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cloak of righteousness?

Discussion in 'Theologia Crucis - Lutherans' started by lutherangerman, Dec 15, 2010.

  1. lutherangerman

    lutherangerman Senior Member

    For some weeks now I have been thinking of this, and I am not sure what to make of it.

    First off, I don't even know if this is taught in Lutheranism, but I know it is usually taught in Calvinism.

    The point is, the believing christian never becomes righteous himself, in fact he only puts on Christ like a garment. This leads to some strange developments, for example I have read a calvinist woman write she thinks of the eschaton like that, that Jesus stands before her and that God doesn't look at this woman but instead only at Jesus because she is a christian, and so she is not condemned.

    Other churches like Catholicism or the Orthodox churches instead teach that Jesus makes the christian ACTUALLY and LITERALLY righteous. IE, we are not just covered by Jesus' blood which hides our unrighteousness but in fact we are indeed washed clean and receive a new nature which in time replaces the sin nature we inherited from Adam.

    There are bible verses supporting either position. There are verses that say we must put on Jesus like a cloth. Other verses say we become a new creation. Apostle John writes that we always have sin in us and should not deceive ourselves about that. Yet He also says that if we remain in Jesus, we do not sin.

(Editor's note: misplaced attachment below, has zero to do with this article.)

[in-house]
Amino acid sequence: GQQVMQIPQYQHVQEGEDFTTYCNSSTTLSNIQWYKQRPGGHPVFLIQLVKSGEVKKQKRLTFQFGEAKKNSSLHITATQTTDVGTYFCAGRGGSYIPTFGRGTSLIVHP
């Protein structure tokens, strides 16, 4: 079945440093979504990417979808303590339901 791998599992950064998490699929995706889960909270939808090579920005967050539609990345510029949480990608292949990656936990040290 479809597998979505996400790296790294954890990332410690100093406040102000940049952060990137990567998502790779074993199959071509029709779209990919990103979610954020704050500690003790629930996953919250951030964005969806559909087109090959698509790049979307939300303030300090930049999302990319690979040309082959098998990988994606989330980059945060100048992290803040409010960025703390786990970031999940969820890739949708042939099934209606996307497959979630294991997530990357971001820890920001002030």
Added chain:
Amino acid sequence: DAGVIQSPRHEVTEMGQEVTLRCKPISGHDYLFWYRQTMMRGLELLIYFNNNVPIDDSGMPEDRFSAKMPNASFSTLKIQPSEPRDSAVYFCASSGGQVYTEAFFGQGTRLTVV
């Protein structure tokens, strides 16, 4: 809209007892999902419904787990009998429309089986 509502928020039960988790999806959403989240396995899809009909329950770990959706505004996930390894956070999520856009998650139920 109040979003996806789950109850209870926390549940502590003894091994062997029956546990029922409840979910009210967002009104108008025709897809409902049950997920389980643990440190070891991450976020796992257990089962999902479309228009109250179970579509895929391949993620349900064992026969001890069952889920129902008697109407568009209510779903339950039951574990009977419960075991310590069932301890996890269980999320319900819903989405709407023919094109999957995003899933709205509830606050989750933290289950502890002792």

I think originally Lutheranism embraced a duality in the christian man, ie we are all simultaneously sinners and saints, and we can never escape that until after our death when Jesus perfects us.

    It's just hard to think of God loathing mankind so much that He just gives us a garb of righteousness while still hating anything about our old nature when it comes through. I mean, couldn't He do something about our real self so that we ACTUALLY become righteous and can have confidence in God? On the other hand, maybe there is something wrong with men becoming righteous in themselves, and leaving us be both sinners and saints kind of fits to the human more than making us completely virtuous. The bible says God consigns everyone under sin so that He can have mercy on everyone. God certainly seems to let our propensity to sin remain with us, perhaps so that we can sympathize with other sinners and those outside of the church? On the other hand, sin always brings damage and pain and distortions with it, so why letting these remain together with sin?

    But the main problem is in our relationship with God. I think in order for this relationship to be real, we must be able to be honest, we must be able to go to God simply as we are. But if the "cloak of righteousness" theology is true then God is never interested in who we are. He just gives us this cloak which He seems to venerate because it is His son, and that's it.

    Does classic lutheranism really believe this? How do they reason this problem? Is there something or some things which I am missing? I just want my Heavenly Father to really love me, not just Jesus in me, but just me. I don't want to have some dark sinful self which is always abhorrent and which never actually develops some genuine love for God!

    Thank you and God bless!
  2. AngCath

    AngCath Well-Known Member